August 31, 2010

Celebrity Charities: Good For Image, But What About Good Works?

Posted in Philanthropy at 3:26 pm by philanthropynews

By Monte Burke and William P. Barrett

Like a good tax advisor, a charitable connection is now considered essential for a serious celebrity building a brand. That can come through an identification with a cause (think Mary Tyler Moore and the Juvenile Diabetes Research Foundation), by contributing cash after a disaster (Brad Pitt and Angelia Jolie for Haiti), or from big fundraising events (Jerry Lewis and his annual telephones for the Muscular Dystrophy Association).

Or, a celebrity can do like Bill Gates, Michael Bloomberg, Michael Dell and many other billionaires on the Forbes 400 list have done and set up their own foundation, perhaps branded with their own name. We estimate about a fourth of those on our 2010 list of the biggest celebrities have their own charities.

Read more via Forbes.

August 27, 2010

International Support for Pakistan Tops $815 Million

Posted in Philanthropy at 8:30 pm by philanthropynews

According to Pakistani foreign minister Shah Mahmood Qureshi, the international community has now given or pledged more than $815 million to his flood-ravaged country, even as the surging Indus River forces hundreds of thousands of people in the southern part of the country to evacuate their homes and villages, the Associated Press reports.

The flooding that began in late July in northwest Pakistan after exceptionally heavy monsoon rains has since covered eastern Punjab province and Sindh province in the south, inundating almost a fifth of the country and straining the country’s resources as the government struggles to quell al-Qaida and Taliban violence. Some twenty million people have been affected by the flooding, and as many as eight million people have been left homeless.

Read more via Philanthrophy News Digest.

August 24, 2010

Local middle school gets windfall: New classroom, 20 computers, video projector, camcorder

Posted in Philanthropy at 7:37 pm by philanthropynews

Wolf Branch Middle School students will return to school today to find a new classroom as the school was one of three grand-prize winners in the nationwide “Win a Wireless Lab Sweepstakes.”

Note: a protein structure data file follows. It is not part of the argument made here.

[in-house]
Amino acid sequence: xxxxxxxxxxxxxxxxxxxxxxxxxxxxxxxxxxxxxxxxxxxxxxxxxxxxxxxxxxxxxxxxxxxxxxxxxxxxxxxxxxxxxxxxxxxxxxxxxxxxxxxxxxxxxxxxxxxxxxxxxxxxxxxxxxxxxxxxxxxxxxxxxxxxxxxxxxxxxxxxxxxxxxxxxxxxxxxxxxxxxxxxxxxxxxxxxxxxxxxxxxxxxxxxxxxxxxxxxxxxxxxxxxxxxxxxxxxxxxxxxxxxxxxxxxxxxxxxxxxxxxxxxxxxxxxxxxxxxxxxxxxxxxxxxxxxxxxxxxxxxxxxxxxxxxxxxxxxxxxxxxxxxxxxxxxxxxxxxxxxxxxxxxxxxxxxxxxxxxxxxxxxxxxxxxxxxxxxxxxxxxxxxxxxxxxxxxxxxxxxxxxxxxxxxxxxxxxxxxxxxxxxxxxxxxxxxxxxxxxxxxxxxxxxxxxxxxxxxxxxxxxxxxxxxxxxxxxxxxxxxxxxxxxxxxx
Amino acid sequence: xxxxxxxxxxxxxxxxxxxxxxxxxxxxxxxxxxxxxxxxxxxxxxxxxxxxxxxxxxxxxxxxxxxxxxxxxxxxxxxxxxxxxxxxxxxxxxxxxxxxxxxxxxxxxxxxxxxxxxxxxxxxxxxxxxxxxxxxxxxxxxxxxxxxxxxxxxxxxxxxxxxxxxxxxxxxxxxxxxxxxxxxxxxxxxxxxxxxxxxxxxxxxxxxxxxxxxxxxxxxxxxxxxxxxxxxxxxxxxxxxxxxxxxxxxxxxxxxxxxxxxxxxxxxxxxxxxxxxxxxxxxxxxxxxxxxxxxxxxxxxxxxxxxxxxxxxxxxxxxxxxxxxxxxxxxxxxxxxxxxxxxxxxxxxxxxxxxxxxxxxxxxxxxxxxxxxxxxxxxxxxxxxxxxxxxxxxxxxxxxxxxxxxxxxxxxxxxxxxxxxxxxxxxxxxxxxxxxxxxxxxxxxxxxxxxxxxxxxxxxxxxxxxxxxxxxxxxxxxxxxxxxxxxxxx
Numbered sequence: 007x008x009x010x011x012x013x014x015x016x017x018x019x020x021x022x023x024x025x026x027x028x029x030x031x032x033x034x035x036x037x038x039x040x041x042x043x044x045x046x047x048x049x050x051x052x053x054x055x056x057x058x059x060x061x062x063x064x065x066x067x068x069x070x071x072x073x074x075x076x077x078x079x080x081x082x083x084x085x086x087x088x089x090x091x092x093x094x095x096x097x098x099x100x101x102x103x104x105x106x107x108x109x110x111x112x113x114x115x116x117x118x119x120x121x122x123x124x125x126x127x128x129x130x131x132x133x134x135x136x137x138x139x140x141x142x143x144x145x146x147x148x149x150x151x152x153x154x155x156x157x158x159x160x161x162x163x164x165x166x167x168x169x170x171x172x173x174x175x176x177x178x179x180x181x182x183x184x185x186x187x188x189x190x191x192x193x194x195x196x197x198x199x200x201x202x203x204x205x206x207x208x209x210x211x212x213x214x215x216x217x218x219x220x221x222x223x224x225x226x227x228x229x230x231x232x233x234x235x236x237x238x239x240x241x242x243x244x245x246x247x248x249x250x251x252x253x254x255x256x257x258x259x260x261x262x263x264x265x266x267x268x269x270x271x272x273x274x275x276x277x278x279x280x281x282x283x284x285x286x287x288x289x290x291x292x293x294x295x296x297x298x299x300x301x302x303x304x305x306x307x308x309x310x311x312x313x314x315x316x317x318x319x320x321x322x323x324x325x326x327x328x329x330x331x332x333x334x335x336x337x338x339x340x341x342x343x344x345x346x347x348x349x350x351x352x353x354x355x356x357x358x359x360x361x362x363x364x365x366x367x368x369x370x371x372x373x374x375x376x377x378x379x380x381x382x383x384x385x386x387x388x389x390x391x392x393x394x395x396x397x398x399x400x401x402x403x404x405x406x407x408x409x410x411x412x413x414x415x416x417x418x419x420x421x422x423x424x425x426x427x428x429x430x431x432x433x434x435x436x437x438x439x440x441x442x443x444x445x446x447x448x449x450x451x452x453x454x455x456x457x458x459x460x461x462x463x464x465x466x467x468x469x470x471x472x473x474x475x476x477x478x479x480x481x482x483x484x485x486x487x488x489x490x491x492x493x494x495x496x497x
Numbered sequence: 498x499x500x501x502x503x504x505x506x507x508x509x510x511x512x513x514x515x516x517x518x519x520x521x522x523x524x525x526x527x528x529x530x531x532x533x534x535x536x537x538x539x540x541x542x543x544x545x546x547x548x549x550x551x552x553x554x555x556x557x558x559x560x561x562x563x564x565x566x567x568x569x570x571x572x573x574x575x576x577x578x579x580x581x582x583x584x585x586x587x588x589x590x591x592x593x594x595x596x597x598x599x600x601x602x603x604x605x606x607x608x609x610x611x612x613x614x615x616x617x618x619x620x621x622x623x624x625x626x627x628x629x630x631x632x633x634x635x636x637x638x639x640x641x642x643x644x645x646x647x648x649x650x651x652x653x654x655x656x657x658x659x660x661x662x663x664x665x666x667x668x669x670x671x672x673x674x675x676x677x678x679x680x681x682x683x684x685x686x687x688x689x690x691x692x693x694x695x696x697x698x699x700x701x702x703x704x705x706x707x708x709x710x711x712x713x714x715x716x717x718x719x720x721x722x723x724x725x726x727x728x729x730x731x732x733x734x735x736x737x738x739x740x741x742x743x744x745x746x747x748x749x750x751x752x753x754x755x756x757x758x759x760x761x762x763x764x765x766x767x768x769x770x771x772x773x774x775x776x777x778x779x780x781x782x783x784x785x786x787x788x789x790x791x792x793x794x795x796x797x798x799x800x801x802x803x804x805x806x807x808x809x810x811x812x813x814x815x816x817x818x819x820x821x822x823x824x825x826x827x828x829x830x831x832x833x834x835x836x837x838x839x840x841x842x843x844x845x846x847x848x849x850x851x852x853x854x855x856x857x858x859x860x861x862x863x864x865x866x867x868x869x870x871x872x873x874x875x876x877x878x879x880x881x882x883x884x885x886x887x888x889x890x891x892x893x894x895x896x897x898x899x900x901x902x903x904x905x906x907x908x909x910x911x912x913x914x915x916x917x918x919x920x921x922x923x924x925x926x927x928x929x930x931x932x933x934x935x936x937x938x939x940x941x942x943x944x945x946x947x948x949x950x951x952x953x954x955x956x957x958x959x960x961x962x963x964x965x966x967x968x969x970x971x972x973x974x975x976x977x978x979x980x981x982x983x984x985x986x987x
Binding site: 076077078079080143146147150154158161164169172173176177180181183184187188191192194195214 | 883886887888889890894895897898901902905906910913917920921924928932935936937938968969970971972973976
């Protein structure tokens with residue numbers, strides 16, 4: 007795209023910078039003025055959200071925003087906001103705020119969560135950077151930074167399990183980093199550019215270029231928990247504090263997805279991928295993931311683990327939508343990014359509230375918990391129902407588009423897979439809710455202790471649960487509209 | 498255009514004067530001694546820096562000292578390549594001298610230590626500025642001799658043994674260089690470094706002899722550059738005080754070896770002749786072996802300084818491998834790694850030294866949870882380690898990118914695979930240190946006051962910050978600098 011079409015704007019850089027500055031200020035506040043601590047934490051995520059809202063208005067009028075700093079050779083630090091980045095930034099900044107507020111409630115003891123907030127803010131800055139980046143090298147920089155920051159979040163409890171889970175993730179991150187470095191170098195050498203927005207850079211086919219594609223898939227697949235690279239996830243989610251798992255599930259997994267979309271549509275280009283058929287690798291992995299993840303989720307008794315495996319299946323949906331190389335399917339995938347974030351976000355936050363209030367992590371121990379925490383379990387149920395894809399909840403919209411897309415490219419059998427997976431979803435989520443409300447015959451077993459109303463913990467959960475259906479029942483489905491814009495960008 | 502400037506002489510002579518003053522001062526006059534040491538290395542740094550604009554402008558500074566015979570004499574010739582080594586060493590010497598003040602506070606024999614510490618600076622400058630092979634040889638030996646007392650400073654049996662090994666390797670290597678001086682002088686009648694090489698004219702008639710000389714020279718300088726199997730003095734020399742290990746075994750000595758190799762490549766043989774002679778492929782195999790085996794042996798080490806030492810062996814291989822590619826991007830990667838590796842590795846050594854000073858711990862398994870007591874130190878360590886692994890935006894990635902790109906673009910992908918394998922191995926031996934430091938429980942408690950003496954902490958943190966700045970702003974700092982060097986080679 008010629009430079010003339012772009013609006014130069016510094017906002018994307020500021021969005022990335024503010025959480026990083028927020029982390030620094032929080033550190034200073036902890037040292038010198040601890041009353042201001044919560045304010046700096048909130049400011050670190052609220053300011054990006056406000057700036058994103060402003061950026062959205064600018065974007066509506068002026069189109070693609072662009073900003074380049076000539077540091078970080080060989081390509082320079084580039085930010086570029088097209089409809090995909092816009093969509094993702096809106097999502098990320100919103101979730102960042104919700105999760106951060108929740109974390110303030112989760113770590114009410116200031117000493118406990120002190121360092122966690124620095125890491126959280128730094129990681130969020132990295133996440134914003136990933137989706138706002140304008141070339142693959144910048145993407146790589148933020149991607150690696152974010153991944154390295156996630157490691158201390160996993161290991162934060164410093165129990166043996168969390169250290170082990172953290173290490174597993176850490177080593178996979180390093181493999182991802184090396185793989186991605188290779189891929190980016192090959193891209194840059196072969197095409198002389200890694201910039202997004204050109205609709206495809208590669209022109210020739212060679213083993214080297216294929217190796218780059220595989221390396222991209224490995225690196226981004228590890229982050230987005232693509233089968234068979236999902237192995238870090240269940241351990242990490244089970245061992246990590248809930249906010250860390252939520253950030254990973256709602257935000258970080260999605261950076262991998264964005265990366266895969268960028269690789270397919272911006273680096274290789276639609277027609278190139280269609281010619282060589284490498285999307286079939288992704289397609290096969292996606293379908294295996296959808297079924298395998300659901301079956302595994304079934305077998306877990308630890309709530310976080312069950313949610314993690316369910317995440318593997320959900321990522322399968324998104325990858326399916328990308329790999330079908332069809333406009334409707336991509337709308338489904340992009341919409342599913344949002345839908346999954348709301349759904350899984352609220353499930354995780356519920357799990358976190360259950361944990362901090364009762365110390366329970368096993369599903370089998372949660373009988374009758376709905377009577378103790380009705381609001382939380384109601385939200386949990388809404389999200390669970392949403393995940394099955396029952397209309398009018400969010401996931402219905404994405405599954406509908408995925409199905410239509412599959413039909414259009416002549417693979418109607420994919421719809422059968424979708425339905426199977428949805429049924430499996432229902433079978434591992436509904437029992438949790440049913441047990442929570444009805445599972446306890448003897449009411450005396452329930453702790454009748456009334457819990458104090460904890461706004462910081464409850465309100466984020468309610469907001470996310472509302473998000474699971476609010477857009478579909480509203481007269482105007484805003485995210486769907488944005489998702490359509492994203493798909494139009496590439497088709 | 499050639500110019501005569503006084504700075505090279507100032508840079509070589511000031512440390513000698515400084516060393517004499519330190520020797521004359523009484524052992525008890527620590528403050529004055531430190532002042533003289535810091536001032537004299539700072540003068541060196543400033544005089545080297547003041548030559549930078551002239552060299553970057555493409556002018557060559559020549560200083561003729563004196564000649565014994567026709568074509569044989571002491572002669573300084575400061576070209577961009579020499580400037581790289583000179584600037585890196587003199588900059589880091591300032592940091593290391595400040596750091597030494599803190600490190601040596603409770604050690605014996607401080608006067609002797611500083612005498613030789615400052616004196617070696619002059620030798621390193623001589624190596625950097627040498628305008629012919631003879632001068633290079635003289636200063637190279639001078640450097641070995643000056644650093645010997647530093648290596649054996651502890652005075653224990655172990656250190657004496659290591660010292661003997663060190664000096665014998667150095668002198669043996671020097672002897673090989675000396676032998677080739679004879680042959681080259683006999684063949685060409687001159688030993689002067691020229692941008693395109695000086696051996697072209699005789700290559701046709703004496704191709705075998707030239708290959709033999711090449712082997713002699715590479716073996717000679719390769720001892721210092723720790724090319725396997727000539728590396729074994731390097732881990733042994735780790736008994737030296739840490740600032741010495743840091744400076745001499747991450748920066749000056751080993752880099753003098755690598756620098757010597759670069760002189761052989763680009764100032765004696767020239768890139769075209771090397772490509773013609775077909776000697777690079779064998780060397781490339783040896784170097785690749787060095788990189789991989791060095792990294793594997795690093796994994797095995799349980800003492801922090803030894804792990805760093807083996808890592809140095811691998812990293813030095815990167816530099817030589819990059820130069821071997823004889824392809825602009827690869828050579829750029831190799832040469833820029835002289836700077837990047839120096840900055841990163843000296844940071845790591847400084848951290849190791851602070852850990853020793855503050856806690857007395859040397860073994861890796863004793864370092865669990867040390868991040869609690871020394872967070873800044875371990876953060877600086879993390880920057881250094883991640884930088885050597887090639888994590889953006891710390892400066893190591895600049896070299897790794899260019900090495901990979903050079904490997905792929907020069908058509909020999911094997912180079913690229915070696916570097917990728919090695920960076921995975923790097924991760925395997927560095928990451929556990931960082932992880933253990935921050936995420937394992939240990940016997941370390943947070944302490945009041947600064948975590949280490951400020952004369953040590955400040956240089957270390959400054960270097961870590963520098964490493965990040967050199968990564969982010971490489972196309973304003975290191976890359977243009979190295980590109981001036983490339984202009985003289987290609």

“Education funding is tight in Illinois,” said Erin Wright, a seventh-grade language arts teacher at the Swansea-based school. “Our students, teachers, administration and parents are all more than appreciative of this wonderful prize.”

The new classroom, valued at $48,000, includes 20 computers, an interactive whiteboard, 20 student response devices, a video projector, a document camera, a printer, a camcorder, a mobile cart, three wireless access points and a $5,000 digital media grant from Discovery Education, which co-sponsored the contest with CDW Government.

(Read more via BND.com.)

August 19, 2010

New York Cares – Spotlight On- J.J. Jackson

Posted in Philanthropy at 2:43 pm by philanthropynews

J.J. Jackson first began volunteering as a way to take her mind off of things. But the distraction soon turned into a passion as she discovered how much she had to offer to fellow New Yorkers.

As a team leader at an immigrant support center, J.J. spends one day each week helping Arab American women prepare for the U.S. citizenship test. And when she’s not practicing English, J.J. is probably busy reading to eager children with special needs.

(Read more via New York Cares Blog.)

August 17, 2010

NY Life Foundation grants $1.6 million to developmental studies center

Posted in Philanthropy at 7:22 pm by philanthropynews

The New York Life Foundation announced today a $1.6 million two-year grant to the Developmental Studies Center to expand access to its Afterschool KidzLit and Afterschool KidzMath enrichment programs nationally. This follows previous funding from the Foundation of more than $700,000 in 2007 and $2,400,000 in 2008.

At least 800 sites will now be able to participate each year, resulting in over 3,000 sites nationally that will be enriched by KidzLit and KidzMath.

“With this grant, the New York Life Foundation is making it possible for deserving youth across the country to get what they need during the after-school hours—academic support that is engaging and challenging, and social support that enables them to become caring, principled, and responsible,” said Eric Schaps, president, Developmental Studies Center.